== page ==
Two historical markers will be unveiled Saturday morning, June 15, in Otsego County, one in the hamlet of Burlington Flats and the other in the village of Richfield Springs.
The markers are being installed through grants from the William G. Pomeroy Foundation of Syracuse in conjunction with the Route 20 Association of New York State and the New York Folklore Society.
The marker in Richfield Springs will honor Revolutionary War hero Adam Helmer and the run he made through northern Otsego County to warn settlers of a raiding party led by Chief Joseph Brant. The marker in Burlington Flats will honor native son William A. Hulbert, who became a baseball team owner and a founder of the National League.
Richfield Springs will hold an unveiling and dedication ceremony marking the approximate point where it is thought Helmer would have crossed what is now Route 20. The ceremony will take place at 11:30 a.m. in Spring Park. Speaking will be representatives from the village of Richfield Springs, the Pomeroy Foundation and the Route 20 Association, along with other dignitaries.
“The Route 20 Association, we were responsible for getting the designation of Scenic Byway from Duanesburg to LaFayette,” said Bill Kwasniewski, an official with the group. “So we thought these two markers would be excellent opportunities to feature local people.”
Kwasniewski called Helmer a “local legend” who is credited with saving the lives of more than 200 settlers, including Otsego County residents. While scouting for Gen. Nicholas Herkimer, Helmer’s group was ambushed on Sept. 16, 1778 by a raiding party led by Brant near South Edmeston. Although several of his men died, Helmer escaped and ran about 30 miles to Fort Dayton in the Mohawk Valley, warning homesteaders along the way.
Helmer’s actual story has gotten more detailed over time. According to a media release, “While the ambush and Helmer’s arrival at Fort Dayton were well documented at the time, few details were known of his actual run. However, in the 1930s, a Helmer descendant, Mildred Staunton, interviewed other descendants of early settlers, using the oral history to determine the path Helmer likely took. Running alongside Canadarago Lake, he likely passed through present day Richfield Springs in the vicinity of Spring Park.”
Kwasniewski said marking the trail for Helmer’s run has been a slow process, too.
“The DAR (Daughters of the American Revolution) erected a monument in the early 1900s in South Edmeston where the ambush took place,” he said. “There are markers in Herkimer, and in the town of Columbus, where he ran through. It is slowly kind of getting established.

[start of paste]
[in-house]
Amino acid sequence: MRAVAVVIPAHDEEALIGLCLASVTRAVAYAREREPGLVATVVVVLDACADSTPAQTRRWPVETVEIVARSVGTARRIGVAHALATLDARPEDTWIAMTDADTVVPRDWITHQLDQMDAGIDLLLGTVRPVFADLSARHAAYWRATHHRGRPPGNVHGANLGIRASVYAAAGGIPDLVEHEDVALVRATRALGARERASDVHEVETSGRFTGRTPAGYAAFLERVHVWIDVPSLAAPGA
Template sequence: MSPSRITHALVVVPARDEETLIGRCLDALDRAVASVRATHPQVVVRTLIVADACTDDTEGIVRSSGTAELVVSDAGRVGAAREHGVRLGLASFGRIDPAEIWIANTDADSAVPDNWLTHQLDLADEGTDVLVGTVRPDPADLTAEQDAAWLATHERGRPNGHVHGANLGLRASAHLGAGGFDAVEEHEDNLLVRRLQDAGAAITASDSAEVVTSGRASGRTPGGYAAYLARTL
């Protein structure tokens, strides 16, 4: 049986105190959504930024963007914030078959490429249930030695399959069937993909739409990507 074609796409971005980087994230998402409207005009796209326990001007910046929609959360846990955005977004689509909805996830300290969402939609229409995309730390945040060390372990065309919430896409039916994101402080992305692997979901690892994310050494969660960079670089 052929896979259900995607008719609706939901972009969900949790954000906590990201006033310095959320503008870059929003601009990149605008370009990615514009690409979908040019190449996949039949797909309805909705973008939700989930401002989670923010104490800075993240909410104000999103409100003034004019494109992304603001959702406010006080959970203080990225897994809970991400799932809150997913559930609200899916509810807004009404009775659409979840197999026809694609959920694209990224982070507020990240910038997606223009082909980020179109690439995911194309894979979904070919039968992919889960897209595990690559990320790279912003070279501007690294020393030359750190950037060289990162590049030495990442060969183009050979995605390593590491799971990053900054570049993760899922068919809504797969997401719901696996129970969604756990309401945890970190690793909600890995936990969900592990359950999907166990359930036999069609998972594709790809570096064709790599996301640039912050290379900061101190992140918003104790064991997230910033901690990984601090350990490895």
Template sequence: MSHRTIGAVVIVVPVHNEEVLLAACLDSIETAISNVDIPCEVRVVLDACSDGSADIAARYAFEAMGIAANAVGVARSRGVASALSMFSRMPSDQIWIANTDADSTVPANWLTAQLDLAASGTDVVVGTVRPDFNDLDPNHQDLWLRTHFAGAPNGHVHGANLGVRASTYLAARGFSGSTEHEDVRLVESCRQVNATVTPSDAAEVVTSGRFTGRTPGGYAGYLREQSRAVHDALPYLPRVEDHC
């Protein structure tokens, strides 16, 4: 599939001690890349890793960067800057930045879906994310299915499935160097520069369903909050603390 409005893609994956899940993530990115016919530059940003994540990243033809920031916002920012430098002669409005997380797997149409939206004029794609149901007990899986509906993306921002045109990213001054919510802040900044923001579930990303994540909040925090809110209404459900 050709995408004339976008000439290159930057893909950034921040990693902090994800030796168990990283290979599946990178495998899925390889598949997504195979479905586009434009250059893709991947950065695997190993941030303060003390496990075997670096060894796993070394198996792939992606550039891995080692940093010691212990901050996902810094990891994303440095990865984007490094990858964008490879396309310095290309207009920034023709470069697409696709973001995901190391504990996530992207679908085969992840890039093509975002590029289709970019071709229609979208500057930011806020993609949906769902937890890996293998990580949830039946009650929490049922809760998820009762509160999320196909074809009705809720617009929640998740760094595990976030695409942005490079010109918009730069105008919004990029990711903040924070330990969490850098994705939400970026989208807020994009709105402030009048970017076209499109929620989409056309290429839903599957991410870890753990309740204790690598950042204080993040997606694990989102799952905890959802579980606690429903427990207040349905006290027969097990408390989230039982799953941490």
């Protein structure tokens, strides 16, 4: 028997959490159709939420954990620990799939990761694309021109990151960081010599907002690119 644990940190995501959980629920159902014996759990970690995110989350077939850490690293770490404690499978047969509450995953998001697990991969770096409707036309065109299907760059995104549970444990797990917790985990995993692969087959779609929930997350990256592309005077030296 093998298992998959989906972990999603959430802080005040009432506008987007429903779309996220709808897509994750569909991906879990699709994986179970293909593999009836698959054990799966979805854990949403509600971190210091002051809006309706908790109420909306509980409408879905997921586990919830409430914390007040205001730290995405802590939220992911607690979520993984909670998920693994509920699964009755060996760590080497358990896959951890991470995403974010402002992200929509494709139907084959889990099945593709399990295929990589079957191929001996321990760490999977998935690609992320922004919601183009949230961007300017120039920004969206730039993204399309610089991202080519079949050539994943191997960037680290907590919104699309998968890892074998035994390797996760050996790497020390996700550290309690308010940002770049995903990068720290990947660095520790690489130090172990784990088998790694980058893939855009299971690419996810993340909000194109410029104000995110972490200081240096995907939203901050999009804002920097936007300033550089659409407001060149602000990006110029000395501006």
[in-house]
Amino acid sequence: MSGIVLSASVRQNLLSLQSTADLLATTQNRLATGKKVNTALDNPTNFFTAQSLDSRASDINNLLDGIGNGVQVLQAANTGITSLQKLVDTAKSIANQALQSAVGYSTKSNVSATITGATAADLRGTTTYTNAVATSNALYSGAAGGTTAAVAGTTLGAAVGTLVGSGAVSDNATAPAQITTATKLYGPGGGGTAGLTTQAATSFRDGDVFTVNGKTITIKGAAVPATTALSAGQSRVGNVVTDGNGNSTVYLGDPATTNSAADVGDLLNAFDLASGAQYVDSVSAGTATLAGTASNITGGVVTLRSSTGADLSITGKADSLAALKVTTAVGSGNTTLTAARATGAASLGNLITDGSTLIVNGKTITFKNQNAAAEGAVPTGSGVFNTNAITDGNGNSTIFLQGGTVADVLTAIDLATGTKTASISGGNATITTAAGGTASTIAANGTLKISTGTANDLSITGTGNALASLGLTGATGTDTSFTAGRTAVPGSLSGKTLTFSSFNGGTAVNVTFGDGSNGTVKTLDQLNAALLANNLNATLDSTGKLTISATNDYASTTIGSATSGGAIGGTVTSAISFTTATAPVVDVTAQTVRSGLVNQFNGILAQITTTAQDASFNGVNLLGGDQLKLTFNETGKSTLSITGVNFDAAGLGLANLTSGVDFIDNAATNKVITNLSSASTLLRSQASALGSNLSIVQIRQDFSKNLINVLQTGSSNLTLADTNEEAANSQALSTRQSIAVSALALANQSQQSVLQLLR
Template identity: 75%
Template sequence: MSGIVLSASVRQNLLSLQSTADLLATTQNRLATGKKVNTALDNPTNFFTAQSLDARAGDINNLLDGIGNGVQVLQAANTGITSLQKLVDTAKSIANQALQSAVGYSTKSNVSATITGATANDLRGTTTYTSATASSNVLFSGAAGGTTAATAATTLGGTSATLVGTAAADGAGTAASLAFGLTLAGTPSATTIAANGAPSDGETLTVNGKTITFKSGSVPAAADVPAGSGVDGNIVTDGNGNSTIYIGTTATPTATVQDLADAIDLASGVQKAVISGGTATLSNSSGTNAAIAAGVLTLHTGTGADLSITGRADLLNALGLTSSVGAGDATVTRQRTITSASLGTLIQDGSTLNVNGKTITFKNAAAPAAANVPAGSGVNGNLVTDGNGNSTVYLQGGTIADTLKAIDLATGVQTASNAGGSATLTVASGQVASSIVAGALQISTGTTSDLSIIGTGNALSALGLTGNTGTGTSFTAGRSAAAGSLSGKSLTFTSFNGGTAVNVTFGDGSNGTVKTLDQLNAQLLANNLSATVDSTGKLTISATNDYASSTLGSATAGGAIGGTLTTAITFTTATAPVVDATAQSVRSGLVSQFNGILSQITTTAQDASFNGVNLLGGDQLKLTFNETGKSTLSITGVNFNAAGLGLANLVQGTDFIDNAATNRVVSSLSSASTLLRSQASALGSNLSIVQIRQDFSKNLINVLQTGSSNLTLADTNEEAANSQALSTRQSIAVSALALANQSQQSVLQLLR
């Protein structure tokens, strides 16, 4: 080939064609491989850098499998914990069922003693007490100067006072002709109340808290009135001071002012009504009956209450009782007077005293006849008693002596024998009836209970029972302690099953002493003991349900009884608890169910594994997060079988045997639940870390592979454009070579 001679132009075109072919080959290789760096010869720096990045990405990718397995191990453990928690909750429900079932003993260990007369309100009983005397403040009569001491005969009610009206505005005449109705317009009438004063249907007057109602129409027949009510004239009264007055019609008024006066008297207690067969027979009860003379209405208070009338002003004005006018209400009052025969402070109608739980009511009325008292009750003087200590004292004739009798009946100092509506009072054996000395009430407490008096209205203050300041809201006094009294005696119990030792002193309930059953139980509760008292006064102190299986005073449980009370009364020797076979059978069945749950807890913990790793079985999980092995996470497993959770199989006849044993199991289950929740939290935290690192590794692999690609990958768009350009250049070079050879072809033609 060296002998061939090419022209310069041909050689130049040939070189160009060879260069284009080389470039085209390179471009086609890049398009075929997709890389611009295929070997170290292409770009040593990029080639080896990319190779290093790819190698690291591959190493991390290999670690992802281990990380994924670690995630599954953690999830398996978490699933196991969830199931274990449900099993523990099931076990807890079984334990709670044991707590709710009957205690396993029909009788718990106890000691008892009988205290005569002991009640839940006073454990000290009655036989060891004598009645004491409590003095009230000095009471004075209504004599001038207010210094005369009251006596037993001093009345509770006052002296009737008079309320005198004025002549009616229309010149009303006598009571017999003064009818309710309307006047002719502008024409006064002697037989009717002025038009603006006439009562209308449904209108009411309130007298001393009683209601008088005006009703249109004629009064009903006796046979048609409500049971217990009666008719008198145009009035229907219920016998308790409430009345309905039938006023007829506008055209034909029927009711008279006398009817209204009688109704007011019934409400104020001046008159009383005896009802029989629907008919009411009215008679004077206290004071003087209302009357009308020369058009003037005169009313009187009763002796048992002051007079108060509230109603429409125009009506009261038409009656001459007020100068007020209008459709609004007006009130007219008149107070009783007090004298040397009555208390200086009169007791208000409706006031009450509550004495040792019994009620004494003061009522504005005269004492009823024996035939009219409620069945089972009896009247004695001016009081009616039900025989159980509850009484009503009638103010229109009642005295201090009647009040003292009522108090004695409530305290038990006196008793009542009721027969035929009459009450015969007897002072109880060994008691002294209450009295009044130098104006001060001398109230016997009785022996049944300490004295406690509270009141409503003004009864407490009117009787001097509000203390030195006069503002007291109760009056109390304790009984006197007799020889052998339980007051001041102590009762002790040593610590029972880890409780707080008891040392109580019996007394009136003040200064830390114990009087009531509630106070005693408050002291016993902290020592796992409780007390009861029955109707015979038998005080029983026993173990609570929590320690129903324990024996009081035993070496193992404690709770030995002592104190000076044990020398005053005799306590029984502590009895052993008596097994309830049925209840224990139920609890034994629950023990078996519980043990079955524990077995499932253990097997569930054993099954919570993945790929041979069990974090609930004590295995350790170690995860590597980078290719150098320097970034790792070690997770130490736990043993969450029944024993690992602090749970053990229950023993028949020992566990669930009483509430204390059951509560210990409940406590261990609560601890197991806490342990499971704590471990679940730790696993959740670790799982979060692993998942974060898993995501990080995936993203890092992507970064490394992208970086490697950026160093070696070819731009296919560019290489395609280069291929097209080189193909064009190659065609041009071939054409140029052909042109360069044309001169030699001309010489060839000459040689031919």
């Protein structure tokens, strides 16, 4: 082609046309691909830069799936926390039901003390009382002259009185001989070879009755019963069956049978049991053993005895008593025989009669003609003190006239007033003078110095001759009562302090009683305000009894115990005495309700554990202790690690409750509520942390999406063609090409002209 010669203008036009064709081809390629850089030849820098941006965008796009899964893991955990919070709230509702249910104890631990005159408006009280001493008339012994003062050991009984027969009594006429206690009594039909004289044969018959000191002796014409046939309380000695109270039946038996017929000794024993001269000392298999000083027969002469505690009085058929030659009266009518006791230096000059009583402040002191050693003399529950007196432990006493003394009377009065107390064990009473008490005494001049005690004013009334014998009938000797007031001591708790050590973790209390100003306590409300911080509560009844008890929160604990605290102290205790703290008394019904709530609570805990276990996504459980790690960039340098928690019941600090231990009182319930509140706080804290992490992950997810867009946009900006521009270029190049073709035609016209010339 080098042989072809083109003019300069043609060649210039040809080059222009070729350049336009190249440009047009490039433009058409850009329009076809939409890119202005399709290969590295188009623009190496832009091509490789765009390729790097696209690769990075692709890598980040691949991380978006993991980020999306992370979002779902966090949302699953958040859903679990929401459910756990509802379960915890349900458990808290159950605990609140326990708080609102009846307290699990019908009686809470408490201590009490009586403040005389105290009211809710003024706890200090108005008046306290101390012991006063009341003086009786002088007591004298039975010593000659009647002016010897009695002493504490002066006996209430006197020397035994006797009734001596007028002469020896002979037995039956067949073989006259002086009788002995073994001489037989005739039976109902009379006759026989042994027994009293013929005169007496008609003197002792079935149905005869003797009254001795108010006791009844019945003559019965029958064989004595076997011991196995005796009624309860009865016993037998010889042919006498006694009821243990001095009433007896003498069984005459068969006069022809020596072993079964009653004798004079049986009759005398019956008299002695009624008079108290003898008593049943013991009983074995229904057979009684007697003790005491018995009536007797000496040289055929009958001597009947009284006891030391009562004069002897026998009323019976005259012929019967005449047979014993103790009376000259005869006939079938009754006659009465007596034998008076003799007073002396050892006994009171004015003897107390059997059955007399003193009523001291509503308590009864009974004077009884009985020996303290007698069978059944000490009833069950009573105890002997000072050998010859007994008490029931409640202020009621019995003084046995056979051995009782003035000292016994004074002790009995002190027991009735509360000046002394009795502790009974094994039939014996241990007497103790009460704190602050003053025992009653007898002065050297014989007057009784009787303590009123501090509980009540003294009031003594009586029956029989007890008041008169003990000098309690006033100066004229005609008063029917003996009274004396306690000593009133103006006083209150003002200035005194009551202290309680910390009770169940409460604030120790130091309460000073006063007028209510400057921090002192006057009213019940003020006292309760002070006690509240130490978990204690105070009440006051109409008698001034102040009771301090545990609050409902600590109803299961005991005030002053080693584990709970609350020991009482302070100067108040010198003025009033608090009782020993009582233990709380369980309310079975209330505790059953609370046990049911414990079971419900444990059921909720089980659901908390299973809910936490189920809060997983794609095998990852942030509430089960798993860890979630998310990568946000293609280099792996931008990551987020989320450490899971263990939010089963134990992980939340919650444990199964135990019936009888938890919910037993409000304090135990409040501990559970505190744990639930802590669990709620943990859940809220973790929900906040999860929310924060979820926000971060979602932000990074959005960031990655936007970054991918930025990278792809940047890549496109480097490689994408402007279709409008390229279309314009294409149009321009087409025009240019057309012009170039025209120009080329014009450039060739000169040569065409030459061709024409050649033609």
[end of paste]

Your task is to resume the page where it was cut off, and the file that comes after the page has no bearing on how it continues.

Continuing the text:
“We thought marking the spot where he would have crossed Route 20 would give us a chance to highlight his story,” he continued.
Earlier in the day, at 9:30 a.m., representatives will be on the green in Burlington Flats to honor Hulbert.
According to a media release, Hulbert was born in 1832 in Burlington Flats. His family moved to Chicago, where he grew up and went on to became owner of the Chicago White Stockings, forerunners of today’s Chicago Cubs. He later became a founder and first president of baseball’s National League.
Hulbert was elected to the National Baseball Hall of Fame in 1995 as an executive. His Hall of Fame plaque reads: “Wavy-haired, silver tongued executive and energetic, influential leader. While part owner of Chicago National Association team, was instrumental in founding National League in 1876. Elected N.L. president later that year, and is credited with establishing respectability, integrity and sound foundation for new league with his relentless opposition to betting, rowdiness and other prevalent abuses which were threatening the sport.”
Kwasniewski, who also works part time at the Hall of Fame, said he found out about Hulbert after a visitor at the museum asked him which Hall of Famer lived closest to Cooperstown.
“It turns out there was nothing in Burlington Flats telling his story, even though many people in town knew about him,” Kwasniewski said.
“The Pomeroy Foundation, they have helped with the installation of hundreds of these historic monuments, all over the state,” Kwasniewski said.